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Calamos Hires Ex-Janus CEO

Columbia files to launch active ETFs, Eagle secures new team, the SEC backs off money fund reforms, and more. 

Rob Wherry, 08/23/2012

Calamos Investments CLMS has hired Gary Black, former CEO of Janus, as its global co-chief investment officer. Black will join the firm's investment committee and will oversee portfolio management, research, trading, and risk management. Black will share those responsibilities with firm founder John P. Calamos Sr. At the same time, Nick Calamos will step back from his role as president of investments and co-chief investment officer. Nick Calamos will remain an advisor to the firm and will continue to serve on its board of directors.

Black is best-known for his stint at Janus Capital Group JNS, first as its president and then as CEO between 2006 and 2009. His stint at Janus was positive, albeit marked with controversy. He moved the firm away from its star manager system to one that was more collaboration-based, altering the firm's compensation plan along the way. That led to a string of high-profile managers heading for the exits.

After leaving Janus, Black founded his own firm, Black Capital. That firm's investment team, which helped run a long/short strategy, will become part of Calamos, too. However, the team will work out of an office located in New York City. Black is expected to spend most of his time in the firm's Naperville, Ill., headquarters.

This is the second deal for Calamos in as many months. The firm announced in July 2012 that it had hired a three-person value equity team from American Independence Capital Management.

Columbia Set to Launch Active ETFs
Columbia is moving deeper into the actively managed exchange-traded fund market. The firm, which last year acquired Grail Advisors and its five active ETFs, recently filed with the SEC to launch an additional 17 funds, including 10 fixed-income offerings. Twelve of the new ETFs will be similar to existing Columbia funds like Silver-rated Dividend Income LBSAX, which is in the top decile of the large-value peer group during the trailing five-year time period through Aug. 23, 2012.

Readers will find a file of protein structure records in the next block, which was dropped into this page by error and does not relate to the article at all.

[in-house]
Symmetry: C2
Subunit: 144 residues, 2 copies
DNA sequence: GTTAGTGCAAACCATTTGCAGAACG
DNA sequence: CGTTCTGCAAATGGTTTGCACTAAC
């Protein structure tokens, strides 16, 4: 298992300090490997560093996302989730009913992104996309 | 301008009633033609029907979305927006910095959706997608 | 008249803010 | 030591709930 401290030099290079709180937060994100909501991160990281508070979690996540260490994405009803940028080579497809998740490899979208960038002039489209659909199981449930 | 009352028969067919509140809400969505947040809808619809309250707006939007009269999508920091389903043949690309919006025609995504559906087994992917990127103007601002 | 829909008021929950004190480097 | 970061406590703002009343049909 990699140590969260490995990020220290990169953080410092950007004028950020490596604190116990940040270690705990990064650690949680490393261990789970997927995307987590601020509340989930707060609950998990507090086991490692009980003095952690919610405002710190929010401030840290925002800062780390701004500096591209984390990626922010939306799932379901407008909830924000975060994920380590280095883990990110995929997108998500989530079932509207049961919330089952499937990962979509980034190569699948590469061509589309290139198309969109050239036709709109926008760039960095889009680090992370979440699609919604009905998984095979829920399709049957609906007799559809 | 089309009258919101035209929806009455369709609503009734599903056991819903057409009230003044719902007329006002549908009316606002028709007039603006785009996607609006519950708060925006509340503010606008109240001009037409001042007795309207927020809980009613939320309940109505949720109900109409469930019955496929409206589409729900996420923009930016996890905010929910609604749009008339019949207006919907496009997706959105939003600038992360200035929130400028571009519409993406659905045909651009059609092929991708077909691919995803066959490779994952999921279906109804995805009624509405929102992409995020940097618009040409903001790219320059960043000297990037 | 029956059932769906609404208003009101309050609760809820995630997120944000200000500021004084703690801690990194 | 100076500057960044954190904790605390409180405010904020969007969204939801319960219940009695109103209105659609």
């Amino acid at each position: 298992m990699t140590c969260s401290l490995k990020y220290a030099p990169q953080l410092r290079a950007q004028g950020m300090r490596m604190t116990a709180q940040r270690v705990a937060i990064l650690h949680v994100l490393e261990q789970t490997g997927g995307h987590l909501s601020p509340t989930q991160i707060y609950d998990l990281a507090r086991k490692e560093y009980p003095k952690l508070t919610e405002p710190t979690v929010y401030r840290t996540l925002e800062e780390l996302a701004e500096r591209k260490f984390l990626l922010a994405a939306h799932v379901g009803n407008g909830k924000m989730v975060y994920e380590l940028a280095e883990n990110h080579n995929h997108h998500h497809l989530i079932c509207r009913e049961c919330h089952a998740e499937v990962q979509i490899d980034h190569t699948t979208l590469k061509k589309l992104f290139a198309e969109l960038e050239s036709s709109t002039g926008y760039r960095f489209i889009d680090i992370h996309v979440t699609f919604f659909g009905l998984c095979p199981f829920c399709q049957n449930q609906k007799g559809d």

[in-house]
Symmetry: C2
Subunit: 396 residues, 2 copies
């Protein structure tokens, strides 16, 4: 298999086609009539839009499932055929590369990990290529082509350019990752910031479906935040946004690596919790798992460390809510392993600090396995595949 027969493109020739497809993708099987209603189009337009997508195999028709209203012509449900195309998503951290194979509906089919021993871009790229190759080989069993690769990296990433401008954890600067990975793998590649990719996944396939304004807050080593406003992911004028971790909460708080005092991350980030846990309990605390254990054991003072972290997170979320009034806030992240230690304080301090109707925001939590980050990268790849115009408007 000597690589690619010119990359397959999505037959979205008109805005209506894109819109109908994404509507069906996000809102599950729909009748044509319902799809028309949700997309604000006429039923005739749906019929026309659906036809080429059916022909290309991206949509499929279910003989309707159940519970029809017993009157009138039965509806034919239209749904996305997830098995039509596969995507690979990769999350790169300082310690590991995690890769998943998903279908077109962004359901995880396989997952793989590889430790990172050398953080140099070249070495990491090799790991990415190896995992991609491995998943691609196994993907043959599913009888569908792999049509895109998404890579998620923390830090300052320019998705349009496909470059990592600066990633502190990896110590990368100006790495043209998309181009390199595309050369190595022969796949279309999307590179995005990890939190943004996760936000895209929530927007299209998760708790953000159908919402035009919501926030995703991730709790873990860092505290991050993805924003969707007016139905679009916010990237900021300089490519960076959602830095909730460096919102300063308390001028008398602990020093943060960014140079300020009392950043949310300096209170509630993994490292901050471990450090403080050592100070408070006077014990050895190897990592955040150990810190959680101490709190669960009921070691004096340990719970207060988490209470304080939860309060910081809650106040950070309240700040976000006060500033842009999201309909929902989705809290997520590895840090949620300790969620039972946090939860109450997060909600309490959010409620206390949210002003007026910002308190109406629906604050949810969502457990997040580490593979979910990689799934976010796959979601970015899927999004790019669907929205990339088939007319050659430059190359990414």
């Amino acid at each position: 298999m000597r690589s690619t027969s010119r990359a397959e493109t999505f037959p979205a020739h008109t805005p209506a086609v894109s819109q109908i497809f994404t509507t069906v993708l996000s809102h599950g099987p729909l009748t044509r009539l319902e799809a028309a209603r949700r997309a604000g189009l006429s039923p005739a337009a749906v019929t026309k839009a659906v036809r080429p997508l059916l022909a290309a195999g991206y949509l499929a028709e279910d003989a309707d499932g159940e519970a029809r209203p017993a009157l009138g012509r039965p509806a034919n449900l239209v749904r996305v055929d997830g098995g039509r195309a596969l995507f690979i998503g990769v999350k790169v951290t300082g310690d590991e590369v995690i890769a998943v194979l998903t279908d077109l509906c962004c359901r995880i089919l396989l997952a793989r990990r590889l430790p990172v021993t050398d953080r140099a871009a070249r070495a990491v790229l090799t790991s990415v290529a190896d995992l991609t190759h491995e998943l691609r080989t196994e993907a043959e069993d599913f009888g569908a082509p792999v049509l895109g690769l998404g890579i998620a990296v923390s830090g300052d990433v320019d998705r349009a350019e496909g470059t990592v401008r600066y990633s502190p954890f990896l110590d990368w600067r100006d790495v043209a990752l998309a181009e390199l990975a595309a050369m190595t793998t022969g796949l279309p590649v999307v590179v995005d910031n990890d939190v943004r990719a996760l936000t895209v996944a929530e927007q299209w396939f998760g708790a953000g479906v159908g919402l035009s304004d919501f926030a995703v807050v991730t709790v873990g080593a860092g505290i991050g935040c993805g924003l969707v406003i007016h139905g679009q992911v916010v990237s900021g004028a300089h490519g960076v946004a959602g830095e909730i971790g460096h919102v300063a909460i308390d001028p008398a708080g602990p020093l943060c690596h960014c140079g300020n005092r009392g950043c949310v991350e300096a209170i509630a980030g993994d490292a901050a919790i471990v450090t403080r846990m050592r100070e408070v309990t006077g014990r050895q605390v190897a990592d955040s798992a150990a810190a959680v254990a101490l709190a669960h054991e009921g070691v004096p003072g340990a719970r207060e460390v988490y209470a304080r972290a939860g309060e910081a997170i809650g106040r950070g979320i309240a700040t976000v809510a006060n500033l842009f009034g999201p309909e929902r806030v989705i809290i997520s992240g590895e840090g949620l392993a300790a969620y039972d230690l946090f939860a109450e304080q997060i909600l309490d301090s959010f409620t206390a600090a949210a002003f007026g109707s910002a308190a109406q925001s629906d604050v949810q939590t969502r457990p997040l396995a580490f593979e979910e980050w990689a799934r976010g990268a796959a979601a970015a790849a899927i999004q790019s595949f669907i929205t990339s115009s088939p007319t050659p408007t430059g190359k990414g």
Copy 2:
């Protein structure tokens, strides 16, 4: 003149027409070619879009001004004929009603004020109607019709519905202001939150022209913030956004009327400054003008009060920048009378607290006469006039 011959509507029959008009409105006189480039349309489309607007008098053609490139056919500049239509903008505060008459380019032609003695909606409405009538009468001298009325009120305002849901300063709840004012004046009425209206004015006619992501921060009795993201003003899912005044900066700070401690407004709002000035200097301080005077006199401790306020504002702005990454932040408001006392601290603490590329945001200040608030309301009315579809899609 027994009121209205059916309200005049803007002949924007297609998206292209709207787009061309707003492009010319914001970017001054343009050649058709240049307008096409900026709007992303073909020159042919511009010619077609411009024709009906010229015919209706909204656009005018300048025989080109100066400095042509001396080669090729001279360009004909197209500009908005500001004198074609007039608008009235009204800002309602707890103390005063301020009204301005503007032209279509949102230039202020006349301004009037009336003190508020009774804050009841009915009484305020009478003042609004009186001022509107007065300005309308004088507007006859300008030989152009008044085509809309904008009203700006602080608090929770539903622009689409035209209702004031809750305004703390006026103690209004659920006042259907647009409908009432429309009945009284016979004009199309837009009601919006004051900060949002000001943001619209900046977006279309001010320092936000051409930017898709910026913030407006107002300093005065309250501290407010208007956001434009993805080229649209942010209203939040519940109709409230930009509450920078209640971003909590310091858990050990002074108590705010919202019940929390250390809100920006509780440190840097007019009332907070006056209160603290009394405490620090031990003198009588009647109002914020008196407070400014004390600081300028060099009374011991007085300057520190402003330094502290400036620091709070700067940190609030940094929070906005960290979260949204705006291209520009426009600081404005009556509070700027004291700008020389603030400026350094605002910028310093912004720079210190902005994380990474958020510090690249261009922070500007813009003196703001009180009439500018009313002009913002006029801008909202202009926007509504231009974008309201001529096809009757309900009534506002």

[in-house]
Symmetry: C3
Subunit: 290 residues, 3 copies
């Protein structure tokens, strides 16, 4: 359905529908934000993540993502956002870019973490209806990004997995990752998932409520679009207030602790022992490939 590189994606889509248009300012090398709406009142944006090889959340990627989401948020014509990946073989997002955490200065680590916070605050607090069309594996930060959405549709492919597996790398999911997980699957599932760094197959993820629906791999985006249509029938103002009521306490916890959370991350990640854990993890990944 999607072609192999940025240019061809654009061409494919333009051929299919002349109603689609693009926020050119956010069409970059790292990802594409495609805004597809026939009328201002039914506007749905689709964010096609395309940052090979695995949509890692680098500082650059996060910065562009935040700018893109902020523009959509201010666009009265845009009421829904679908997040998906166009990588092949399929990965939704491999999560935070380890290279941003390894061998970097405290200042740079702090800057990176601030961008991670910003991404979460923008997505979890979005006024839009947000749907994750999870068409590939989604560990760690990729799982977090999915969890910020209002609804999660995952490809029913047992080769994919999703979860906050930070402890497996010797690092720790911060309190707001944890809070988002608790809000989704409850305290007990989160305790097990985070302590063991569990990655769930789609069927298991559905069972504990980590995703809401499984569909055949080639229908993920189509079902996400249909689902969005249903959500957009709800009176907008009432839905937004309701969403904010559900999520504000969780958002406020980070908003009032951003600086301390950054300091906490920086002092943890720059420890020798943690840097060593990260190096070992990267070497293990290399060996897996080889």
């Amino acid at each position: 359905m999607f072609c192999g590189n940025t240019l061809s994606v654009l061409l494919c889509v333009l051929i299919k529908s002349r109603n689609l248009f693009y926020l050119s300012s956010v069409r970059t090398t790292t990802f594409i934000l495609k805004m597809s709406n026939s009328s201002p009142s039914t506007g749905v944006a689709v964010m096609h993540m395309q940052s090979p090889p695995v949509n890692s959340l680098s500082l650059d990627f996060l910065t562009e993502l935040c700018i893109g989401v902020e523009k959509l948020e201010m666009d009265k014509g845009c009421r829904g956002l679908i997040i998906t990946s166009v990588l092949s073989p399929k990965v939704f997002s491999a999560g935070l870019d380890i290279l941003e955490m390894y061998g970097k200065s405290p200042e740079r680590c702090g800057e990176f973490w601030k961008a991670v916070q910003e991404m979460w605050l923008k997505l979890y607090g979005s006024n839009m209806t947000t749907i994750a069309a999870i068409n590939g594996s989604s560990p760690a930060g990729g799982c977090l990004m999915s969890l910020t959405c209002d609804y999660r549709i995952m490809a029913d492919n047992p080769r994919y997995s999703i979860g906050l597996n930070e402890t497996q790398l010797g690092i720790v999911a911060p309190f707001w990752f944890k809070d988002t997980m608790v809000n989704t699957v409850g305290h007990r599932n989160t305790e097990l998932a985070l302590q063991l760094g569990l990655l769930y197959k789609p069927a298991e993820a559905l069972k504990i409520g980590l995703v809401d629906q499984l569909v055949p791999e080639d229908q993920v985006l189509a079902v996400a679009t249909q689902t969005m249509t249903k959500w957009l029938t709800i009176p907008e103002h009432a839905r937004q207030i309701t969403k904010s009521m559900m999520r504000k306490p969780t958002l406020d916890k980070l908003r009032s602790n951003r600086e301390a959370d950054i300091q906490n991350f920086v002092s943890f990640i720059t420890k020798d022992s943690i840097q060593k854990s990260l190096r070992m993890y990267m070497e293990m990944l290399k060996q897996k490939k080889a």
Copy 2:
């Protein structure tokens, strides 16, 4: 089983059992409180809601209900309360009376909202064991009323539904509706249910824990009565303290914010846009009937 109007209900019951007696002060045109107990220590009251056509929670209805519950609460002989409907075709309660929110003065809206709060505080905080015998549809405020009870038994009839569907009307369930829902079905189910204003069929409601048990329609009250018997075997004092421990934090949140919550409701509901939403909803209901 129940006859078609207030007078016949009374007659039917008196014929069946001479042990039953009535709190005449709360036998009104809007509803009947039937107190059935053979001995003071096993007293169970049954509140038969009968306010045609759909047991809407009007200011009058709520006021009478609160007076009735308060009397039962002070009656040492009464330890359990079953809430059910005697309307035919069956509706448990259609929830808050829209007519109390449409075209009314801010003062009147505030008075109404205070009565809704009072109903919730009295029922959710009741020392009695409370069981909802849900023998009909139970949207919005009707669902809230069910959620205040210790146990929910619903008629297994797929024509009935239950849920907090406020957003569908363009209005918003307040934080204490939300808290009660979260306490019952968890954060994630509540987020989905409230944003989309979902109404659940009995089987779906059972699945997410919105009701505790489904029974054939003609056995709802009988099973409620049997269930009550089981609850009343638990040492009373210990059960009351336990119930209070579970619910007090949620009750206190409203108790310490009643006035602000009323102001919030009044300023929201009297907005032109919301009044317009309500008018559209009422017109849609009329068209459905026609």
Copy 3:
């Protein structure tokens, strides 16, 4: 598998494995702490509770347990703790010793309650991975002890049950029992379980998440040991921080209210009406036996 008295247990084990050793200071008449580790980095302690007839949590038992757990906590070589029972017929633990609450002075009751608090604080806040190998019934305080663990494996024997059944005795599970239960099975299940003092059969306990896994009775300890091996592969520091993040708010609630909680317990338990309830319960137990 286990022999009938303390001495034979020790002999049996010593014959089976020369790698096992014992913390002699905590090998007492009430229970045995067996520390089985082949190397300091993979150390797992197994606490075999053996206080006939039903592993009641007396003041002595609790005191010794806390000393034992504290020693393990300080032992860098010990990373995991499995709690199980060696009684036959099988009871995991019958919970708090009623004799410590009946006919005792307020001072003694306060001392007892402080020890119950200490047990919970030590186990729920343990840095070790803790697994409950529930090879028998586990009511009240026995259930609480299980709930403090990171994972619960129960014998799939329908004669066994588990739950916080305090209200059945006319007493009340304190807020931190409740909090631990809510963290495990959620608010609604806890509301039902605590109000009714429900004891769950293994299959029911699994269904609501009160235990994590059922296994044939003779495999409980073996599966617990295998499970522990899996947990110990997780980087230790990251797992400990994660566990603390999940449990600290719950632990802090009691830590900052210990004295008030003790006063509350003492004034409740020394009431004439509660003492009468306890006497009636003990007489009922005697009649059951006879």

According to the filings, the funds will post their holdings on a daily basis. The holdings and weightings of the ETFs may slightly differ from their open-ended cousins due to trading dynamics. One key question mark is fees; the filings don't disclose whether the new ETFs will charge fees lower than their open-end cousins.

Columbia is trying to build off the beachhead it created when it bought Grail Advisors, an early pioneer in actively managed ETFs. The Grail funds, which now trade under the Columbia name, have a combined $25 million in assets. Industrywide, active ETFs have struggled to attract assets. PIMCO Total Return ETF BOND is the one exception: It has gathered $2.5 billion since its launch earlier this year. The Grail acquisition, though, did provide Columbia an advantage: It makes the firm one of the few to have already passed through the regulatory hoops to gain permission to launch active ETFs.

The move puts Columbia on a different course from some of its competitors. Russell recently announced it would liquidate all but one of its ETFs. FocusShares announced a similar move earlier this month, and Direxion said it would close nine of its triple-leverage ETFs in September 2012. The liquidated ETFs, though, were passively managed.  

Rob Wherry is a mutual fund analyst with Morningstar.

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